Tom Richmond: Three tests Theresa May’s successor as PM must pass

The race to replace Theresa May as Prime Minister will begin soon. PIcture: Joe Giddens/PA Wire
The race to replace Theresa May as Prime Minister will begin soon. PIcture: Joe Giddens/PA Wire
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IT speaks volumes about the state of political disarray this spring that Brexit has supplanted the weather as the national obsession.

Even people with little, or no interest, in affairs of state have started expressing their dismay to both acquaintances – and strangers.

And this, in fact, poses a particular problem for the Tory party who, at this seismic and seminal moment, are searching for a new leader (and Prime Minister).

Like Harold Macmillan, Edward Heath, Margaret Thatcher, John Major and Margaret Thatcher, Theresa May is the sixth Tory premier whose demise can be attributed to a large part to European policy.

From the moment President Charles de Gaulle rebuffed Macmillan’s early entreaties to join the then EEC, the issue has become more toxic for the Conservatives, culminating with Mrs May’s latest Brexit battles in the very week that Britain was supposed to be leaving the European Union. Yet Mrs May’s successor will not only have to show that they have the right skills set for Brexit – but a positive vision which has the potential to unite the country.

And while candidates will be duty-bound to set out their plans for the UK’s future relations with the EU in great detail – a vacuous ‘Brexit means Brexit’ soundbite will definitely not suffice this time – I’m challenging them to go further to learn from some of the May government’s more fundamental errors.

First, they need to set out how they intend to run 10 Downing Street, work with Northern Ireland’s DUP who have made Mrs May a hostage to fortune and build better relations with Opposition parties. After all, a new premier doesn’t change the Parliamentary arithmetic – and candidates should be up front about the identities of the key advisers that they intend to appoint.

These people will be wielding considerable power and influence – are they, too, up to the job?

Second, candidates should make clear, at the outset, who they intend to appoint to key roles like Chancellor, Home Secretary, Foreign Secretary – and the Brexit posts. It is not just a new premier being elected, but a new collegiate team to run the country. This shouldn’t be shrouded in secrecy because of promises made in the campaign to garner support.

Finally, they need to remember that Brexit is not the be-all and end-all – in many respects social mobility, and social care, are of even greater magnitude and importance to the country’s future. What is the policy plan?

Just three tests for starters – more will follow.

They will, nevertheless, provide an early guide to the suitability of those who think they can do a better job than Theresa May and also not be brought down by Europe.

EVEN though Brexit diplomacy has not been a strength, the Prime Minister has always represented this country with dignity.

This is one reason why Tory MPs will, I suspect, ensure that Boris Johnson, the shuffling and shambolic former Foreign Secretary who still resembles a scarecrow following his recent makeover, is not one of the two candidates put to party activists.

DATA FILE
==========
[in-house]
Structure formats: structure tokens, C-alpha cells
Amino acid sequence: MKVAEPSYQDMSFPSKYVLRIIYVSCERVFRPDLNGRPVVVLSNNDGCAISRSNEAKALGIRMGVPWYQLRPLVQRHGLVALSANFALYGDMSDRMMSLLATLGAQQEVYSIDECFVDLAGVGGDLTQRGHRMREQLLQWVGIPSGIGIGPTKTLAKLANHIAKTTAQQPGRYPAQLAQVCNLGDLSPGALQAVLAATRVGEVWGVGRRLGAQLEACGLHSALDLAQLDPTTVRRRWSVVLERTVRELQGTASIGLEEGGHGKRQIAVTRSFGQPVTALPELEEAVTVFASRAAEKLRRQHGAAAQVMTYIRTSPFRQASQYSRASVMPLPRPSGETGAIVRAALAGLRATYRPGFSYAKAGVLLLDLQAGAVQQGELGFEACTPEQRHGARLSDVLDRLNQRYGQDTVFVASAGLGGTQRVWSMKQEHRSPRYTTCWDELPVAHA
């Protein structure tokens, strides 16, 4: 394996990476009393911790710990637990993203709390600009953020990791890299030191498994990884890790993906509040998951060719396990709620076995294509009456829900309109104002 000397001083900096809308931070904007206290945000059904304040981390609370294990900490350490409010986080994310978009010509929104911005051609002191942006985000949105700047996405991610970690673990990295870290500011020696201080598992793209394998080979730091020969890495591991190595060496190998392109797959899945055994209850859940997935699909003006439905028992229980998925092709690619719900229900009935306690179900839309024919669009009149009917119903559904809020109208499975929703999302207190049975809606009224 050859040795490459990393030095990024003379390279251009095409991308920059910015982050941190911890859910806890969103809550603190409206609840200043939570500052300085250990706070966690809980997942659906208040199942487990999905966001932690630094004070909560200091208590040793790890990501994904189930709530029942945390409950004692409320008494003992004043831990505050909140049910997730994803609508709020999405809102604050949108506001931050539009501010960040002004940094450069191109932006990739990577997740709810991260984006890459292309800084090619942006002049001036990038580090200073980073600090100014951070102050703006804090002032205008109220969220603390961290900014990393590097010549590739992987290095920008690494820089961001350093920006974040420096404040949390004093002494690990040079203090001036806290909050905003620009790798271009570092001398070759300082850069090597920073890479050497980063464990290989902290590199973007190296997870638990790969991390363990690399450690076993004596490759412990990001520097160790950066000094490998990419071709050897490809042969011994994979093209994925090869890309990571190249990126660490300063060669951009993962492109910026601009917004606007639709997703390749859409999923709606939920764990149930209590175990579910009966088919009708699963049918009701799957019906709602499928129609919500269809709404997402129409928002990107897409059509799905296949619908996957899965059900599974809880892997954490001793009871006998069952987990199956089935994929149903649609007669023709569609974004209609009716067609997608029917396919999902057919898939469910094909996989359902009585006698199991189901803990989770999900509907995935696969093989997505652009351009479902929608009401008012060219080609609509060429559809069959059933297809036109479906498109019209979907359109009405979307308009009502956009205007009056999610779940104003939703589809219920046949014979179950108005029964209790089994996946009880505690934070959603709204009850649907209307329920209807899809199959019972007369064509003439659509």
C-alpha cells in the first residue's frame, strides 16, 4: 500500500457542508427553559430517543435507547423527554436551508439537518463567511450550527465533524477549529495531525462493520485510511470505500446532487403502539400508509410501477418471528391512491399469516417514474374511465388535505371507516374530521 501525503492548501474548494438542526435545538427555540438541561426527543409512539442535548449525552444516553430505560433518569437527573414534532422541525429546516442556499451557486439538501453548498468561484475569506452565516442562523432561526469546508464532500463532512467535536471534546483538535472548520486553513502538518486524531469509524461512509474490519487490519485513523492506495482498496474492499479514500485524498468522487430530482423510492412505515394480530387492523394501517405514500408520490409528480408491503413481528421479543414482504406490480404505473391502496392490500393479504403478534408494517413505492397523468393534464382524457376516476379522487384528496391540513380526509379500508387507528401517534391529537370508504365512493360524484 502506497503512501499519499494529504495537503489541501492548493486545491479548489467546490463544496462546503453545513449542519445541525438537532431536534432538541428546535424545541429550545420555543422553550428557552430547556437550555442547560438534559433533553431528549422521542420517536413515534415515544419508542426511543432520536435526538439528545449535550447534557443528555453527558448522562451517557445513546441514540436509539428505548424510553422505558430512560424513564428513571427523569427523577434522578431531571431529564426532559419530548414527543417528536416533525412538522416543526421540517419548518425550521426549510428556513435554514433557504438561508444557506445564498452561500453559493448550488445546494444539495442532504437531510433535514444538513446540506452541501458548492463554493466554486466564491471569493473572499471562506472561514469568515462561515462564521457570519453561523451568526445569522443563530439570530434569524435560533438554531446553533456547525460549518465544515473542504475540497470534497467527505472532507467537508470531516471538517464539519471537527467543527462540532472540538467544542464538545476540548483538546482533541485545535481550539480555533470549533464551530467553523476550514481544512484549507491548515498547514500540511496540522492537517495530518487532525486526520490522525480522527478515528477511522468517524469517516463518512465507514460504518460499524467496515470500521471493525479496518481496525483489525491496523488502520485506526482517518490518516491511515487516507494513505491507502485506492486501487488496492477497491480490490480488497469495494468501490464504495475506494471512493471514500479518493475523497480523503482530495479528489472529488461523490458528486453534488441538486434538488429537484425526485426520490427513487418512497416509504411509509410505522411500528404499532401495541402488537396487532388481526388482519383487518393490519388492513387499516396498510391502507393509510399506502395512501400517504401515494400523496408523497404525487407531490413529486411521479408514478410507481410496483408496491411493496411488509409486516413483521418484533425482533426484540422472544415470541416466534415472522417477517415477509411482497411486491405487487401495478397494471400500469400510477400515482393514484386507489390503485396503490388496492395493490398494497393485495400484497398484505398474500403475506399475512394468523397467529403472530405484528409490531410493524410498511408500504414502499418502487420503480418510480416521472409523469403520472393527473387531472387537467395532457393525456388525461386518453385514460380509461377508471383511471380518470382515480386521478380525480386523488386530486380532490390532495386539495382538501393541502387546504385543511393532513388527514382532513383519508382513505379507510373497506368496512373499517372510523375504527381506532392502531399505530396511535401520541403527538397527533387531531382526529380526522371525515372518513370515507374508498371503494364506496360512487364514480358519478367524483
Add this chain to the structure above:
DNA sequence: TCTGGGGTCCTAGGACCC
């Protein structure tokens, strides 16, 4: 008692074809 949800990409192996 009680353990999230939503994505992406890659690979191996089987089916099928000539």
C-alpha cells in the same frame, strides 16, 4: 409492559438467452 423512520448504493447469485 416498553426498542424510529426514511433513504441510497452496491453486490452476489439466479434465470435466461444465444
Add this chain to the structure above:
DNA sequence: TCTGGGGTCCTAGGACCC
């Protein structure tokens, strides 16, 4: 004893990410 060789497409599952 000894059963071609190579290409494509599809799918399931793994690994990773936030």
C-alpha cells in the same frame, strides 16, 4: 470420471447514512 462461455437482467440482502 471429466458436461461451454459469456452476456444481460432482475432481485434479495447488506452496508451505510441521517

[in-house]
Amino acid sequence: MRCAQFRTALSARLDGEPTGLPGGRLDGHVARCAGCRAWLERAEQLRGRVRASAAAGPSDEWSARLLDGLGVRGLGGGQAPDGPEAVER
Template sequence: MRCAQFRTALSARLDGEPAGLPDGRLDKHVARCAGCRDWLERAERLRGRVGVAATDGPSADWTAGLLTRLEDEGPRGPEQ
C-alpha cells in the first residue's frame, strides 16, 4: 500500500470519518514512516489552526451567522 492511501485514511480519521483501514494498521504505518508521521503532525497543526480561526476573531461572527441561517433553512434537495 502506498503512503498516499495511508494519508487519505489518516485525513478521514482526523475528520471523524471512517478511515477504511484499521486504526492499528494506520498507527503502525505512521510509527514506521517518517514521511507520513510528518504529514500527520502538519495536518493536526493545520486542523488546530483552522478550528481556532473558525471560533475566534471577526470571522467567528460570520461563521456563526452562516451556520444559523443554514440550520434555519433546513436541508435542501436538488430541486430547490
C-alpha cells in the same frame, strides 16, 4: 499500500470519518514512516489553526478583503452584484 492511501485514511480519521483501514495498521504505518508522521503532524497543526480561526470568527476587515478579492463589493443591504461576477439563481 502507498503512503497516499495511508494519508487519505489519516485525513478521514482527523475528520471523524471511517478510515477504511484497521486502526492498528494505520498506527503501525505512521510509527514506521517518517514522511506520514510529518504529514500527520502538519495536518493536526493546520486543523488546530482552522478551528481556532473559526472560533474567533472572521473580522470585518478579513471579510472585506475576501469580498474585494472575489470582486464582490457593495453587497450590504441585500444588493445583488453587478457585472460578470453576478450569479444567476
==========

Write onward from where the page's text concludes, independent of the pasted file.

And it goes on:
He is too divisive. And he’s too disloyal. At the start of the week, this one-man diplomatic disaster described the May government’s inability to implement Brexit as “one of the most protoplasmic displays of invertebracy since the Precambrian epoch”. Please translate Boris.

He then promised “Mars bars” and “drinking water” once Brexit was completed – was their supply really in doubt? – and then he confirmed his intention to support Mrs May’s deal after her “back me and then sack me” ultimatum.

What rank hypocrisy and opportunism ahead of a Tory leadership conduct - and not the conduct of a supposed statesman.

Anyone would be better than Mr Johnson (with the possible exception of Chris Grayling).

THIS week has been all about the end of May – literally.

Yet, while the Prime Minister’s intention to step aside sooner rather than later was well-known, the timing is still up in the air.

However my instinct, for some weeks now, is that the Prime Minister wants to stay in post until the end of May (no pun intended) at the earliest.

Why? That is when her premiership will surpass the two years and 319 days that Gordon Brown survived / endured (delete as appropriate).

And it would mean she would not suffer the ignominy of being the shortest-serving premier of recent times.

I’M still at a loss to explain how Sir Oliver Letwin has been left pulling the Brexit strings in Parliament.

As a precocious young Tory policy apparatchik, he famously advised Margaret Thatcher to press ahead with the poll tax – and go against the judgements of the Chancellor and Home Secretary – and “use the Scots as a trailblazer for the real thing”. That worked well, didn’t it?

He was forced into hiding in the 2001 election after making up Tory tax policy on the hoof.

And this Tory MP – who once said that he would rather “beg” than send his children to the local comp – then wrote the party’s 2010 manifesto which saw David Cameron fail to win an anticipated majority.

Sir Oliver’s influence beggars belief.

SOME good news to end with. My trains were on time this week. I can only assume the Transport Secretary is away on holiday...